August 1, 2011
I'm sitting here in the Livingston Diner trying to calm my nerves before going into work tonight. My coordination betrays me as I've survived yet another, if not "near-death" then at the very least "near maim" experiences.
It's a beautiful summer day with temps in the 80's, a brilliant sun and perfect traffic patterns as I trek northward to the land of the affluent, Livingston, NJ. While motoring along on "Rocinante" (my trusty iron steed made by Harley Davidson), following traffic laws, wearing protective gear, sober and well-rested, I signaled that I was moving into the right lane. A quick glance at the mirror and a brief look over one's shoulder is usually enough to verify the coast is clear and you can proceed safely. I did however; mention this is New Jersey where motorists tend to violate not only motor vehicle laws, but often the laws of physics too. The most common law being broken is the one where "matter cannot occupy the same space." In the instant that my eyes returned to the forward position, a car appeared suddenly on my right causing me, on my already leaning bike, to tap the brake, upright and quickly scan for options on my left - of which there were now none. A shiny white BMW saw my mild gesture to the right and obsessively blasted her accelerator to immediately occupy my now partially vacant spot.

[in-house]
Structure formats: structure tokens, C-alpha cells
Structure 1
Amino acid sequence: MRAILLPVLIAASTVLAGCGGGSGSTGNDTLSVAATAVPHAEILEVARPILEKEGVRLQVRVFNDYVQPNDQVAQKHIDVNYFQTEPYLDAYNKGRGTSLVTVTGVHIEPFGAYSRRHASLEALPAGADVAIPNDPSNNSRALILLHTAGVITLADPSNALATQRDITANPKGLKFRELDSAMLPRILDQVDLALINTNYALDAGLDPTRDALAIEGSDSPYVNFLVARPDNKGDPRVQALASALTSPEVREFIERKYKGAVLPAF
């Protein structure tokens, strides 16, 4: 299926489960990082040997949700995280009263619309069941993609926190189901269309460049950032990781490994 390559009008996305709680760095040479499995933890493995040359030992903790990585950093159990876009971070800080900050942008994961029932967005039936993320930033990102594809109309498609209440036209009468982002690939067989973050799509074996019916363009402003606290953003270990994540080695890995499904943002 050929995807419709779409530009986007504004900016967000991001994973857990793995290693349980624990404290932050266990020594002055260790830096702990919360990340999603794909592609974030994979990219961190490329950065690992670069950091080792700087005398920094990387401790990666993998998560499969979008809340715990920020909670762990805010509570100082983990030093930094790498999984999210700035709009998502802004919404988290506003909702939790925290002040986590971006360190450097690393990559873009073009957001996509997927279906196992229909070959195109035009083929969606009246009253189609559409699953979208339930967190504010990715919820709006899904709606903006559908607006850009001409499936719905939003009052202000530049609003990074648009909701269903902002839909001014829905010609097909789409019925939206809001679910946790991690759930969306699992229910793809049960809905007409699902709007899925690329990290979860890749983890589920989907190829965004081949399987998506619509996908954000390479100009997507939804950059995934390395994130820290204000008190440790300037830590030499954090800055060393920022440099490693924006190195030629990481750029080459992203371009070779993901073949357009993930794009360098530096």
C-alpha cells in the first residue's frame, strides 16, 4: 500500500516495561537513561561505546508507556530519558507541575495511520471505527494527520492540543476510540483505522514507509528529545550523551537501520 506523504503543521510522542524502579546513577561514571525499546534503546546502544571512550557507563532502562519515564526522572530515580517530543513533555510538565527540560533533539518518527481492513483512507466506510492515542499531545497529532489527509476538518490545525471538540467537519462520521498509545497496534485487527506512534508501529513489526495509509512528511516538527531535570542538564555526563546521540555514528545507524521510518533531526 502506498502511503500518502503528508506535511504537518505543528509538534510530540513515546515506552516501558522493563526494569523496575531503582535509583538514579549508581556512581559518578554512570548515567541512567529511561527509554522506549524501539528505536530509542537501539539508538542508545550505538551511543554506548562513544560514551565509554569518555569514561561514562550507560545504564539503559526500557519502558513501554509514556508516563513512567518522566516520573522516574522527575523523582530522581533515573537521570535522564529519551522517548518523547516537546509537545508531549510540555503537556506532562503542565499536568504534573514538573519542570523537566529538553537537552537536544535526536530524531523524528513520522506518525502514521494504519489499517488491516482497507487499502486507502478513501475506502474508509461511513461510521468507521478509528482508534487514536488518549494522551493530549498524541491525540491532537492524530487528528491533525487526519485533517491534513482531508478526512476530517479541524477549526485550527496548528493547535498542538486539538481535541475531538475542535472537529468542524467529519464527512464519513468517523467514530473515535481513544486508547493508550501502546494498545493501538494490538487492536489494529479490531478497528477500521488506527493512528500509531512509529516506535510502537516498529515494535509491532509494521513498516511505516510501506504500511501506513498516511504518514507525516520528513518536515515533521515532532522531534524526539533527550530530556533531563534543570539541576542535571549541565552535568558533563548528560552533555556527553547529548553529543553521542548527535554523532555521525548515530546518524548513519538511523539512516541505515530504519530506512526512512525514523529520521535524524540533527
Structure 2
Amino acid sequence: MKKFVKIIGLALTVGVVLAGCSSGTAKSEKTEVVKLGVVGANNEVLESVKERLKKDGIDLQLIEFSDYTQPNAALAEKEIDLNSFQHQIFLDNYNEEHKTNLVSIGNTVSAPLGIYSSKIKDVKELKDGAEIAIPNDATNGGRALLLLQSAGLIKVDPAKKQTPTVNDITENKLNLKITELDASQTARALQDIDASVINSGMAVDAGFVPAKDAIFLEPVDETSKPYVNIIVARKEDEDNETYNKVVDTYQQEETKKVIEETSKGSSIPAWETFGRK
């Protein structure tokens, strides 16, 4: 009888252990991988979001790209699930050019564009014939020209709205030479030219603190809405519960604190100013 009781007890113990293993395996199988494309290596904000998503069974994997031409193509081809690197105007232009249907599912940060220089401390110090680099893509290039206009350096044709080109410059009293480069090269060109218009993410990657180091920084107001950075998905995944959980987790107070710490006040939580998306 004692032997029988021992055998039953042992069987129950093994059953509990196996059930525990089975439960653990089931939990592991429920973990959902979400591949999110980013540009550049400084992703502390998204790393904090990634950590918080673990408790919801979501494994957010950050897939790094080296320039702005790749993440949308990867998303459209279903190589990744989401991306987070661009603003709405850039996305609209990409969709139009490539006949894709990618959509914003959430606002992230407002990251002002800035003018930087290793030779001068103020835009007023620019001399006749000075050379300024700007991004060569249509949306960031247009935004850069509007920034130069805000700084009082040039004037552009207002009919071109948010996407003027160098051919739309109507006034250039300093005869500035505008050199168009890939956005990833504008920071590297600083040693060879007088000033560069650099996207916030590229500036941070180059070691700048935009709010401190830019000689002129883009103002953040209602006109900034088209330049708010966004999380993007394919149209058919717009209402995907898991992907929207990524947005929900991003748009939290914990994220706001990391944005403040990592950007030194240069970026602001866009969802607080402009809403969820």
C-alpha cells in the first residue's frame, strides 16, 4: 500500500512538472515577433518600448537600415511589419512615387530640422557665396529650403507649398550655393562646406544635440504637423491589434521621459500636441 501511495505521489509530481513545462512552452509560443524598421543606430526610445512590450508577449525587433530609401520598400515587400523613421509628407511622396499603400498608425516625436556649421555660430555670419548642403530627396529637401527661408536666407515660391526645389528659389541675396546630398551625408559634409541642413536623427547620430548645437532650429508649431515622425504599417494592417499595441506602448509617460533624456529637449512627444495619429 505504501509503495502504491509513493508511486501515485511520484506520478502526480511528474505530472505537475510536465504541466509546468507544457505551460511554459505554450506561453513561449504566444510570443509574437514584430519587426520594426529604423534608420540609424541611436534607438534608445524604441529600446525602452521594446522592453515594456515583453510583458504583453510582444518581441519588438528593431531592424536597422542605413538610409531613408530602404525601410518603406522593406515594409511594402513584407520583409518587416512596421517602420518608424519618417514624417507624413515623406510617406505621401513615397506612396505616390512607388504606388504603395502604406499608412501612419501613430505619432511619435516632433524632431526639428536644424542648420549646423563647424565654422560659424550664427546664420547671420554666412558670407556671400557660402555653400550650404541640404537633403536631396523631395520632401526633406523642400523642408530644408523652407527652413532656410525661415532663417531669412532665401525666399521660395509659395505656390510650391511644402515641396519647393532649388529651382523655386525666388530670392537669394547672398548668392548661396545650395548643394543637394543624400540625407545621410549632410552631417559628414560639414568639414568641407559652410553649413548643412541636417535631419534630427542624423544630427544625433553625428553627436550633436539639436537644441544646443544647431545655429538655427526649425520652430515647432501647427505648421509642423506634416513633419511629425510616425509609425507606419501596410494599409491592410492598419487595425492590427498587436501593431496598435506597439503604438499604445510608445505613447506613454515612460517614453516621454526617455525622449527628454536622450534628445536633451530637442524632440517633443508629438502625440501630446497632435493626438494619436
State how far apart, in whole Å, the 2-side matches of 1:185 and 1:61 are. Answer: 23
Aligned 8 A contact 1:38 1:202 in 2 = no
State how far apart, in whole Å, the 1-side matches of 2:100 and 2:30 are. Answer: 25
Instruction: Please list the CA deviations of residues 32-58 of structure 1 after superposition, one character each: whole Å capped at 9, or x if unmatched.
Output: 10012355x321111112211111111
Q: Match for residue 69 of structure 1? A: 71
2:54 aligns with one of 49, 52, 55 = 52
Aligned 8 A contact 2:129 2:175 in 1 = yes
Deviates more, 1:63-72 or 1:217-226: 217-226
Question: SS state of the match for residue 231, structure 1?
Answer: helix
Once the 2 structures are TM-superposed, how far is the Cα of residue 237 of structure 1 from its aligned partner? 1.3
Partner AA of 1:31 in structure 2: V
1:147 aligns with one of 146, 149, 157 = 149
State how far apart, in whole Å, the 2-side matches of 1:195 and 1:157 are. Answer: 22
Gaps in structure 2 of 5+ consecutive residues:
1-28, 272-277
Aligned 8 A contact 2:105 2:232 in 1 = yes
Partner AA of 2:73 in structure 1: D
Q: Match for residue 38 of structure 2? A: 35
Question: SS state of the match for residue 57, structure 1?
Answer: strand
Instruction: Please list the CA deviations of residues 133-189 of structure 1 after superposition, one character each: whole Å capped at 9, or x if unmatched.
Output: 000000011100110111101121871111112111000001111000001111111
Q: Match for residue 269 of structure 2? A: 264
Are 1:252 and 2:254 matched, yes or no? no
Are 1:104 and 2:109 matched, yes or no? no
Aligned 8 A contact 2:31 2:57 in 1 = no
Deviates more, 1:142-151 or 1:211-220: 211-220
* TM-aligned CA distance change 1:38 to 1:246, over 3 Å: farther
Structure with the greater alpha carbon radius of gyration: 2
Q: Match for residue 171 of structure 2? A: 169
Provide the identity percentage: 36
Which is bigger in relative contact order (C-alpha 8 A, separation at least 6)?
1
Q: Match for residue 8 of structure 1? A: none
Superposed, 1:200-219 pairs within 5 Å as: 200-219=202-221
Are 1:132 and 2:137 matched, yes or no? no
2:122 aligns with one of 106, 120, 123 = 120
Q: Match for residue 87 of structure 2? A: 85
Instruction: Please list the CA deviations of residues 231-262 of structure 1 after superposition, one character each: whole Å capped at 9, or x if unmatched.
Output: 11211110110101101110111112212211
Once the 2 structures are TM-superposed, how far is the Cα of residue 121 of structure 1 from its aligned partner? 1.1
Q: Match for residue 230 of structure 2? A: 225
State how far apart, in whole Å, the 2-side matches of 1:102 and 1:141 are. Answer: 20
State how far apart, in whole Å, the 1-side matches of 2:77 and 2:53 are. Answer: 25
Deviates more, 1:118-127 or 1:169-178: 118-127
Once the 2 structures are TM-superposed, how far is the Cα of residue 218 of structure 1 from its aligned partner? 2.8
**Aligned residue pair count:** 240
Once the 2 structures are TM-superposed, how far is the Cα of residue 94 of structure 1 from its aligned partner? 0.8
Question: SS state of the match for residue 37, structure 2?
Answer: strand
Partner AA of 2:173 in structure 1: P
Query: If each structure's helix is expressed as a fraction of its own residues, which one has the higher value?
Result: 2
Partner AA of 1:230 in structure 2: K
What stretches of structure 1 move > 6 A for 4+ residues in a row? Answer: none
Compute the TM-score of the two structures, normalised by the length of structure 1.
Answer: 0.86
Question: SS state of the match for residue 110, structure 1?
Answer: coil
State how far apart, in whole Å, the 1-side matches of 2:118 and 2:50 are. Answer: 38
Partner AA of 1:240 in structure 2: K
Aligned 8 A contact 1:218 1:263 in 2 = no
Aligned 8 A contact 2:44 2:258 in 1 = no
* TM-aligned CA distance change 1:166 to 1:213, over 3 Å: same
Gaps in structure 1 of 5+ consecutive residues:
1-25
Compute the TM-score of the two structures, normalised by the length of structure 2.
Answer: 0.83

Both brakes are now engaged, my deft (no, not left!) foot quickly down-shifting, the engine roaring, my pupils dilating whilst every sphincter of my tense body constricts preparing for the seemingly inevitable! I was close enough to manually unlock her door if I had to. Fortunately, I was able to avoid dire consequences and a trip to visit Dr. Jellyfinger and the broken bone team at my local trauma center, with only the beads of sweat on my forehead. Whew!
|Me before ending up under your car|
I often get to see not just the carnage caused by people like her, but the shattered people that cause the problem in the first place as they're overrun with remorse and pain often bellowing out "I'm sorry!" or perseverating "I didn't see him, I didn't see him..." How hard is it to just avoid the circumstance in the first place? Is it really so hard to drive attentively? Share the road? Think before you act? All of these, to me, seem much easier, but then again, I have a stable career because of such behavior. I'd just really rather remain a patient care provider vs. a patient.
Alright, the tremors are gone. Check has arrived. I'm off to work. Please drive safely and watch for motorcyclists.